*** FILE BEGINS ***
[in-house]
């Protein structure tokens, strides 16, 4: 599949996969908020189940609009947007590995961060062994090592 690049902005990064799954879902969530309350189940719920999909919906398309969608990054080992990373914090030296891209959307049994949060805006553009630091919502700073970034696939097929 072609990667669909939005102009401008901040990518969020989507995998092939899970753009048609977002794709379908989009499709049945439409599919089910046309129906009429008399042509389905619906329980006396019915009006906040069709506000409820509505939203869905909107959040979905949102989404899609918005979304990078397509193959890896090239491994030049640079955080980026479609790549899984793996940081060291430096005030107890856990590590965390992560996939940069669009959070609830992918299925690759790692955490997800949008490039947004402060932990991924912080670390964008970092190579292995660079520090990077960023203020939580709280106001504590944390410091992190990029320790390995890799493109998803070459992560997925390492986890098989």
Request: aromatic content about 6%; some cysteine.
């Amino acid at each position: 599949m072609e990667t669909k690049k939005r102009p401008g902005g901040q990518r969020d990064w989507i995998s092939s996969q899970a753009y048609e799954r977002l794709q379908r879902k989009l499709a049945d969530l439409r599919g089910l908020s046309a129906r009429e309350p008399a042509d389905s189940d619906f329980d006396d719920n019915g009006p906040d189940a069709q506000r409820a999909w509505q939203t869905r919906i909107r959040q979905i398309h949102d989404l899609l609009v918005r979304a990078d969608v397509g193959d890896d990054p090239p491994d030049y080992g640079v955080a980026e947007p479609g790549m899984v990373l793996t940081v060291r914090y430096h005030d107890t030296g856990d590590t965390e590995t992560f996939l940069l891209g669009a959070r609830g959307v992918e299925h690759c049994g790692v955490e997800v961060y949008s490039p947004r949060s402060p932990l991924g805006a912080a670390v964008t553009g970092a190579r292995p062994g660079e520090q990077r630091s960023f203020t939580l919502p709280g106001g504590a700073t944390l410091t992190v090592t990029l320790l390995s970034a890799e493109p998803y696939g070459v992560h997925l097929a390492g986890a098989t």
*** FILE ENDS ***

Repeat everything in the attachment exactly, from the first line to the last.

[in-house]
């Protein structure tokens, strides 16, 4: 599949996969908020189940609009947007590995961060062994090592 690049902005990064799954879902969530309350189940719920999909919906398309969608990054080992990373914090030296891209959307049994949060805006553009630091919502700073970034696939097929 072609990667669909939005102009401008901040990518969020989507995998092939899970753009048609977002794709379908989009499709049945439409599919089910046309129906009429008399042509389905619906329980006396019915009006906040069709506000409820509505939203869905909107959040979905949102989404899609918005979304990078397509193959890896090239491994030049640079955080980026479609790549899984793996940081060291430096005030107890856990590590965390992560996939940069669009959070609830992918299925690759790692955490997800949008490039947004402060932990991924912080670390964008970092190579292995660079520090990077960023203020939580709280106001504590944390410091992190990029320790390995890799493109998803070459992560997925390492986890098989």
Request: aromatic content about 6%; some cysteine.
């Amino acid at each position: 599949m072609e990667t669909k690049k939005r102009p401008g902005g901040q990518r969020d990064w989507i995998s092939s996969q899970a753009y048609e799954r977002l794709q379908r879902k989009l499709a049945d969530l439409r599919g089910l908020s046309a129906r009429e309350p008399a042509d389905s189940d619906f329980d006396d719920n019915g009006p906040d189940a069709q506000r409820a999909w509505q939203t869905r919906i909107r959040q979905i398309h949102d989404l899609l609009v918005r979304a990078d969608v397509g193959d890896d990054p090239p491994d030049y080992g640079v955080a980026e947007p479609g790549m899984v990373l793996t940081v060291r914090y430096h005030d107890t030296g856990d590590t965390e590995t992560f996939l940069l891209g669009a959070r609830g959307v992918e299925h690759c049994g790692v955490e997800v961060y949008s490039p947004r949060s402060p932990l991924g805006a912080a670390v964008t553009g970092a190579r292995p062994g660079e520090q990077r630091s960023f203020t939580l919502p709280g106001g504590a700073t944390l410091t992190v090592t990029l320790l390995s970034a890799e493109p998803y696939g070459v992560h997925l097929a390492g986890a098989t």